Git for beginners


Out of the different Source Control options Git is definitely the one most worth learning, however, it's also one of the most confusing.

With that in mind I'm going to add to the crowded market of "Git beginners" tutorials. Hopefully given that I can still remember the struggle of learning it and that my current level of understanding probably rates as "simpleton" this will be a useful tutorial.

I'm going to be writing for Git on Windows and will try to assume no existing knowledge beyond knowing what a file and folder is. Because of this I'm going to make a lot of oversimplifications.

Install It

Use the download link here or Google "Windows Git" and click the first link.

After using the installation defaults, you're done.

Where does it install?

Depending on which architecture version (x86/x64) you installed it will probably install in either C:\Program Files\Git or C:\Program Files (x86)\Git.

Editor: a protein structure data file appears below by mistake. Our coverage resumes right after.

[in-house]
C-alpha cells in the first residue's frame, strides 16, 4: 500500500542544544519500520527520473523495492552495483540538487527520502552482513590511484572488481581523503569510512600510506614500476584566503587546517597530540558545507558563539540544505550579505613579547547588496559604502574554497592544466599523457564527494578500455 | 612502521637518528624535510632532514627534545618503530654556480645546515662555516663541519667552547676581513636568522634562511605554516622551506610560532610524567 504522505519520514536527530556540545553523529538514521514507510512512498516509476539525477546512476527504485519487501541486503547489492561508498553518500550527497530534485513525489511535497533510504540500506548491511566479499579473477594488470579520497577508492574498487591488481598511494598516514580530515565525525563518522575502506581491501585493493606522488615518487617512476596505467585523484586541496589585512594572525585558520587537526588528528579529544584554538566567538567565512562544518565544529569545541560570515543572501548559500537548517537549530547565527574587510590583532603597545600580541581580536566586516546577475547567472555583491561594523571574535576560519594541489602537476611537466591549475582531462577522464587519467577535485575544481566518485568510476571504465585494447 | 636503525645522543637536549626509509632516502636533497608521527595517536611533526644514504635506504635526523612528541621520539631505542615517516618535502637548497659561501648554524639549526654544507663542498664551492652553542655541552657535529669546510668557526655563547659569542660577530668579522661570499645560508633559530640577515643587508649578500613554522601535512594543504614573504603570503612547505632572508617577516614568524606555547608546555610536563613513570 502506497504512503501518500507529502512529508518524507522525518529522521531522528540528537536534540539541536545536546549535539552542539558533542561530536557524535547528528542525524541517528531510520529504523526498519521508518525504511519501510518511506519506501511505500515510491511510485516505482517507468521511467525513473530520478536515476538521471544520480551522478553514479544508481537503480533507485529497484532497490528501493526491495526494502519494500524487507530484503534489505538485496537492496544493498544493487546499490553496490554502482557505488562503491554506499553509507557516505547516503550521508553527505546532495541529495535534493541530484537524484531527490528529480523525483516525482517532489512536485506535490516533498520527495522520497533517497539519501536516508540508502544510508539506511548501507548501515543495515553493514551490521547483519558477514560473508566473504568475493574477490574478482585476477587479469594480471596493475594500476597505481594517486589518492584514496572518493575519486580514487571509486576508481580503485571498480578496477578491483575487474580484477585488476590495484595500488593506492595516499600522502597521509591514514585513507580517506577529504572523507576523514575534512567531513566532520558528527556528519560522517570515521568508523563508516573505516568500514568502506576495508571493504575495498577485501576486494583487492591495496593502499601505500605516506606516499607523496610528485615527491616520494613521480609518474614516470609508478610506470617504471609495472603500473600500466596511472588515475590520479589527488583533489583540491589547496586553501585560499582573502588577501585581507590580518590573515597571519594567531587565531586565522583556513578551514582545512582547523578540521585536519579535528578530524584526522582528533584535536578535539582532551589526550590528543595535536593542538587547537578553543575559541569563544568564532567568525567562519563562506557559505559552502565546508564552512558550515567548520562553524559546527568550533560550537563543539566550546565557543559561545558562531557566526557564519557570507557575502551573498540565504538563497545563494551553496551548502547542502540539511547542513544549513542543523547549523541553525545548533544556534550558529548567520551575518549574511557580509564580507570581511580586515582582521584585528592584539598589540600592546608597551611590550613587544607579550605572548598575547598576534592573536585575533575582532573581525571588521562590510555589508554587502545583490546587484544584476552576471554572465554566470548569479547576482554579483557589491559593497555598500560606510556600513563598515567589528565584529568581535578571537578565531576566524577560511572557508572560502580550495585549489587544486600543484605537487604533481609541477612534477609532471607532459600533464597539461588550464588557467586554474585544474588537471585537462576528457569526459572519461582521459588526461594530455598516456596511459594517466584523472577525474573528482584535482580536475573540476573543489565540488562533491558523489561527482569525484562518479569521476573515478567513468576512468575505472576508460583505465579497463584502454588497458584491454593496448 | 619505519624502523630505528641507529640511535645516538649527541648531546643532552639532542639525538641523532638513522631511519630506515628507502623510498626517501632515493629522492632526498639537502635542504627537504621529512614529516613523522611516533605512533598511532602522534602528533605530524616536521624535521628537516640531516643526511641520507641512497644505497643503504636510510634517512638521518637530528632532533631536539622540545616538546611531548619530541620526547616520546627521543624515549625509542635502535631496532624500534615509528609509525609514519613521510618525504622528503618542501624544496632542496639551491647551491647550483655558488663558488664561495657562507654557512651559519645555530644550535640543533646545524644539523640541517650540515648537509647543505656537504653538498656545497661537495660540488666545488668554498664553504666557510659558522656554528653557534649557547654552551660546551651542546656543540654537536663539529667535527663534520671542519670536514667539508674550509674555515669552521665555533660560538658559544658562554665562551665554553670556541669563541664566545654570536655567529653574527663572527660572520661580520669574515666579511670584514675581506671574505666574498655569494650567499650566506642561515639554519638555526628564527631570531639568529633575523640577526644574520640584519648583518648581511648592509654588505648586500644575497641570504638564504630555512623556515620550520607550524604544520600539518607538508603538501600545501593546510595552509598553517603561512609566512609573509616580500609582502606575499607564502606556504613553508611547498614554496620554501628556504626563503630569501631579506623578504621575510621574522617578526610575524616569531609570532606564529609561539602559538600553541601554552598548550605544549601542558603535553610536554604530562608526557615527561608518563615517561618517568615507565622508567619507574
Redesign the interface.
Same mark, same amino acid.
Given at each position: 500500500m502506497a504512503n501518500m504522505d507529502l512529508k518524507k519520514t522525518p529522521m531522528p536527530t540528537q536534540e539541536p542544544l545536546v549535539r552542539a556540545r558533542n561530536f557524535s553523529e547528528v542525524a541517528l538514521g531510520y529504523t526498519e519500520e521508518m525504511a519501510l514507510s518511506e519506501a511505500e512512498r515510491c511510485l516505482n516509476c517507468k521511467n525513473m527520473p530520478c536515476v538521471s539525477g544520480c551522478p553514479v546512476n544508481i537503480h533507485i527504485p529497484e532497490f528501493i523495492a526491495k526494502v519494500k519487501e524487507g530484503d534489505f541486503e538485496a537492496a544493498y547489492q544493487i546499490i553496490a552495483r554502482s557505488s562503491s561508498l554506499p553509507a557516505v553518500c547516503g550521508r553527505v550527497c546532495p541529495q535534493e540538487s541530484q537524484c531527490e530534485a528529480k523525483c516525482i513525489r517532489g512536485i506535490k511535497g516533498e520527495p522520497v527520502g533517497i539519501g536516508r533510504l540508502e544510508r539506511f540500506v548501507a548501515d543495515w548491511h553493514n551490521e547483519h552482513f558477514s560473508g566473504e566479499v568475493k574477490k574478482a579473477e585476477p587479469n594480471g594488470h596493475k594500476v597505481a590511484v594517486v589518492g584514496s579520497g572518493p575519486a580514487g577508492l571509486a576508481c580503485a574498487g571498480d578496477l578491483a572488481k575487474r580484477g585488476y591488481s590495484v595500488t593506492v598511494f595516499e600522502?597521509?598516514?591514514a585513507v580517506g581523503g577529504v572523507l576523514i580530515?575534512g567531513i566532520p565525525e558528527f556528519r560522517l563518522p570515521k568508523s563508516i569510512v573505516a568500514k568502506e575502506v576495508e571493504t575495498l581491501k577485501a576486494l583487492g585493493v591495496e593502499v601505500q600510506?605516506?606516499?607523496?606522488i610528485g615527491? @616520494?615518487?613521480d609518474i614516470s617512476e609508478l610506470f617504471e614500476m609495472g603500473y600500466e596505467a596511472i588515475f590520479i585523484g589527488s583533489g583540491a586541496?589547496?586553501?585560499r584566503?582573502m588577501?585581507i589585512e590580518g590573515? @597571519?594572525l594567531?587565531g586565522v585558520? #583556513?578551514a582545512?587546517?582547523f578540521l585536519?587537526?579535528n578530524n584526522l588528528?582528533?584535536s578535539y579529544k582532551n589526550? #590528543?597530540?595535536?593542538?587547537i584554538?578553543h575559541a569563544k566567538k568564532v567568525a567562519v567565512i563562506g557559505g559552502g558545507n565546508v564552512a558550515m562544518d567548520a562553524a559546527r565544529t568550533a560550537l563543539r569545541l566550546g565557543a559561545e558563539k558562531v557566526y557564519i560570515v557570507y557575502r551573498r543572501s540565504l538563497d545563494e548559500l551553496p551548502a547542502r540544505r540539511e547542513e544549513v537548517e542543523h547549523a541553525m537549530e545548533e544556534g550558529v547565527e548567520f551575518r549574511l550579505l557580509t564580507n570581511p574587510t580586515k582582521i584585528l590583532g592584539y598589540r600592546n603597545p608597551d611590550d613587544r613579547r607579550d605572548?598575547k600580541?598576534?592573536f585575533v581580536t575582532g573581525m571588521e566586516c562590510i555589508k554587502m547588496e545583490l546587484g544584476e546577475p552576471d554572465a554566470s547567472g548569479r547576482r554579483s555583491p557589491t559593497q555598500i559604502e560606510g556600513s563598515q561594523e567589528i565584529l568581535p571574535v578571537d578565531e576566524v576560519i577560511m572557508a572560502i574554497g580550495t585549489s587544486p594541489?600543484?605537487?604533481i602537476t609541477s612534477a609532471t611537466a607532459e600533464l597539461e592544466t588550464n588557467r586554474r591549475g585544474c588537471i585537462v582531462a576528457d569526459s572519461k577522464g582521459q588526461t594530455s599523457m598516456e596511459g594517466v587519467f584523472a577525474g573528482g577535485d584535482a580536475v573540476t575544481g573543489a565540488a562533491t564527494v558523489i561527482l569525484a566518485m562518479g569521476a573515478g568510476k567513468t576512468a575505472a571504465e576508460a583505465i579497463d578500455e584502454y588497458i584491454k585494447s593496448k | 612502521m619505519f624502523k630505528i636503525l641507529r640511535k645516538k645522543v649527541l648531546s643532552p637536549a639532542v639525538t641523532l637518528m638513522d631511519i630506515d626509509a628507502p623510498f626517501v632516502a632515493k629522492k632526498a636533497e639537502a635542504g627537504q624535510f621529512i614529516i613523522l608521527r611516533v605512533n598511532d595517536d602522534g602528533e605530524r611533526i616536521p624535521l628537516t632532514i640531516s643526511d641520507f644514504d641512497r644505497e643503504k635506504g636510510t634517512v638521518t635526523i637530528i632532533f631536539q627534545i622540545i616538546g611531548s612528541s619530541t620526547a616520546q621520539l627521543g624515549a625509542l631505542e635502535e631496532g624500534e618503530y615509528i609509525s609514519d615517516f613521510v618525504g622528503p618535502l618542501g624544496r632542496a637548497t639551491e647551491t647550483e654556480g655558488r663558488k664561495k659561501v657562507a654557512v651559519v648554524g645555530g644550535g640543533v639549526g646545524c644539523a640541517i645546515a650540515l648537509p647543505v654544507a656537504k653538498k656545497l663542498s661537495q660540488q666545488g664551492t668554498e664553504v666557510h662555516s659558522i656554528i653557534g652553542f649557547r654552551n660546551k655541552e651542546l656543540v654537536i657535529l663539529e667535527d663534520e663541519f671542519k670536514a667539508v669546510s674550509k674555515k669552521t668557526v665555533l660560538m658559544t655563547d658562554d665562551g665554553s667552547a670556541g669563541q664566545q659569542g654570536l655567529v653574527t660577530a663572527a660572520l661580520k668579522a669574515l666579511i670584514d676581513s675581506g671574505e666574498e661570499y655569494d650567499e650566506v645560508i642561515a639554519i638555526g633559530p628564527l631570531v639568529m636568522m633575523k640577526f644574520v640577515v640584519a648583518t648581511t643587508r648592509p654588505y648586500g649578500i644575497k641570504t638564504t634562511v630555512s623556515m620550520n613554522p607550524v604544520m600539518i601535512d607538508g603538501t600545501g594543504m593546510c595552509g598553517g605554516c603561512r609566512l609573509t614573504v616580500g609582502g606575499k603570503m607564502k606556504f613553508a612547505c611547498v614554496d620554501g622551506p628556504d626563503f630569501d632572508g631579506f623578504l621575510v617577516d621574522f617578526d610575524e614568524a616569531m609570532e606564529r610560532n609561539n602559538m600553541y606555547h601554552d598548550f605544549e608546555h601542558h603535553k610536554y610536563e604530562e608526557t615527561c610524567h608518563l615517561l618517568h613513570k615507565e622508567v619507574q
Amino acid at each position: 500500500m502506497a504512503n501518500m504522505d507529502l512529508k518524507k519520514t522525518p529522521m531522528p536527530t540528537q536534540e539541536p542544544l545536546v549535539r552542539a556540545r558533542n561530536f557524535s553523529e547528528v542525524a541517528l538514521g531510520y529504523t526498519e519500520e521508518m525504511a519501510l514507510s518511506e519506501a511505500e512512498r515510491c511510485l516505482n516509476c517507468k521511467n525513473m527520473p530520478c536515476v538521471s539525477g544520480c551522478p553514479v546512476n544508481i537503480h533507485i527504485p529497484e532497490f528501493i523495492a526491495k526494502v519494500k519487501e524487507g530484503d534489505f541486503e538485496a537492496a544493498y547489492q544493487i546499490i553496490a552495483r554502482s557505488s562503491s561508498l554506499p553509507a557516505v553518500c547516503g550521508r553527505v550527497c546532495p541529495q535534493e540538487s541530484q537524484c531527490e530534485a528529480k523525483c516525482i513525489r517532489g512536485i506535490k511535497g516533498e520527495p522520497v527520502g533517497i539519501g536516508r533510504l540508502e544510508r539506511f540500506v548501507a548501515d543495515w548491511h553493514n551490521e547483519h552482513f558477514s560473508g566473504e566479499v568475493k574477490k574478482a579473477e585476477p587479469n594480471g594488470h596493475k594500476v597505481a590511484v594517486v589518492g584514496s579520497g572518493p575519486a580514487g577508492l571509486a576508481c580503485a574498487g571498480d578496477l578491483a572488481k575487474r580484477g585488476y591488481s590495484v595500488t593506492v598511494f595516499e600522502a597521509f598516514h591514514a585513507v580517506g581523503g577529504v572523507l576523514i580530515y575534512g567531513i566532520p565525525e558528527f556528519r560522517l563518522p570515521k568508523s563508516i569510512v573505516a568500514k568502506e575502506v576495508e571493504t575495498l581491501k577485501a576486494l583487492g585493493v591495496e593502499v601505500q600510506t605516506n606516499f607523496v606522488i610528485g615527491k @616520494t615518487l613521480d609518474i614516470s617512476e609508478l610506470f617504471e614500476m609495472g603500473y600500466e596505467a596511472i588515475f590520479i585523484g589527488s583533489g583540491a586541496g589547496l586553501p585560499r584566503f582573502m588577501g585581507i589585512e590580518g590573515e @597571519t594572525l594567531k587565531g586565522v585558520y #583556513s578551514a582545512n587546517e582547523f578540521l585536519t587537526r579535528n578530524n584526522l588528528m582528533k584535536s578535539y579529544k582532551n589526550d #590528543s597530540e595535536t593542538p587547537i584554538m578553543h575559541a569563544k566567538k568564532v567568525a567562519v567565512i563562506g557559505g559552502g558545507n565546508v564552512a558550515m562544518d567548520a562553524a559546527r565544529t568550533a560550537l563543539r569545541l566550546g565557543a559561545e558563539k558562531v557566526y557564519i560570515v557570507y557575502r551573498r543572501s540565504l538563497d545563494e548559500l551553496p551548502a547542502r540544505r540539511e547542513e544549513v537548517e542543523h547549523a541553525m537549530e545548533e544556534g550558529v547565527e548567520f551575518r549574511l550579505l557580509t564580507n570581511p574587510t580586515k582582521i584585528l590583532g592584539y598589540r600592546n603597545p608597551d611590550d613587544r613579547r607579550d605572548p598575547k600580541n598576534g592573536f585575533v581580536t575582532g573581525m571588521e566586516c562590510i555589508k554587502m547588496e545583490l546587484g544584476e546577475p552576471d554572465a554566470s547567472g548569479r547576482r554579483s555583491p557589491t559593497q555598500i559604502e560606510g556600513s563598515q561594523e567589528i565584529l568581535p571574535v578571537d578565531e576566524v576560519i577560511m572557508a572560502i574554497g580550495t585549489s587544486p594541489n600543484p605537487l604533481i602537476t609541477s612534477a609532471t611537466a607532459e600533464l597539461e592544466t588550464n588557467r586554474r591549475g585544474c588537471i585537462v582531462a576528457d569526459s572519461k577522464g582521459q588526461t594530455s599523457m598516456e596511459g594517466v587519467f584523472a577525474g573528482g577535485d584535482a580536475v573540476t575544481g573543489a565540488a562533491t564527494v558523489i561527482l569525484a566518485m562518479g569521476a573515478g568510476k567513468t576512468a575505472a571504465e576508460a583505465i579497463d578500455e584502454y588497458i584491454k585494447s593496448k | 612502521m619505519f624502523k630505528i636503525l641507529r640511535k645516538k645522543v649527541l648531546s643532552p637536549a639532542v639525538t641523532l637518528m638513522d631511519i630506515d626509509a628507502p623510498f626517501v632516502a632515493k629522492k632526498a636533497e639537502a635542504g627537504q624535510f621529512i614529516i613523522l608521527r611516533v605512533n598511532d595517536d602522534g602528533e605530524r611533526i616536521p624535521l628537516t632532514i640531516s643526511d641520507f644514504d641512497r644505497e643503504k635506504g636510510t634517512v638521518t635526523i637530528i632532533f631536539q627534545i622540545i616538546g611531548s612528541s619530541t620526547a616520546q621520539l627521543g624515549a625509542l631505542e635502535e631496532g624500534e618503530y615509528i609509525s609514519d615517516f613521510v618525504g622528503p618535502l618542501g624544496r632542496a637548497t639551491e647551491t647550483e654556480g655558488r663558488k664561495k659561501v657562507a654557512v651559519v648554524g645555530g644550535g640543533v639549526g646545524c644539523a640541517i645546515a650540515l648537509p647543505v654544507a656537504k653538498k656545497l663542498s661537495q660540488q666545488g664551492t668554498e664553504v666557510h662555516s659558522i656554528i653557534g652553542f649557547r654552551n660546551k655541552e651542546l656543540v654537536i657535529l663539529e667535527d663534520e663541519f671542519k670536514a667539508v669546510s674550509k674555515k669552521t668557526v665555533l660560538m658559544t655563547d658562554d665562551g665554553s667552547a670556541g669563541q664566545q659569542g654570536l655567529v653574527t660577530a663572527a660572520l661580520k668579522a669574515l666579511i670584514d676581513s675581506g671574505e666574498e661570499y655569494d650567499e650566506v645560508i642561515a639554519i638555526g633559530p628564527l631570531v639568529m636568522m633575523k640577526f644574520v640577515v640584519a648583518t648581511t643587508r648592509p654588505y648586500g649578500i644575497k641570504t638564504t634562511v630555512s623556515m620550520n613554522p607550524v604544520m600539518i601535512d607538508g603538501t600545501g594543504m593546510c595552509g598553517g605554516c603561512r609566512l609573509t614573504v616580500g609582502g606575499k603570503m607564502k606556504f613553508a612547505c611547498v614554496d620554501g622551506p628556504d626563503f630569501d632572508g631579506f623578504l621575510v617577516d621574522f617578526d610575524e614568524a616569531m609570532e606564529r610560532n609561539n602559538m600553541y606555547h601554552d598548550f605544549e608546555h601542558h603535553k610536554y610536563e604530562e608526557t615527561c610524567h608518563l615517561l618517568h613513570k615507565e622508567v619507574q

Launch It

Since using one of the nice user interfaces will only shield you from the true horror, it's best to start using console.

Search for "Git Bash" in your start menu or find it in the install location. Once launched you should see this window:

A blank git prompt

Depending on how comfortable you are with Window's command prompt you're either happy with what's going on, or the panic is already setting in.


Bash is effectively the Linux version of the command prompt from Windows. The command prompt is just a window which you type stuff into and things happen.

The dollar sign "$" is the prompt, it's asking you to write something on that line and when you hit enter it will run your command.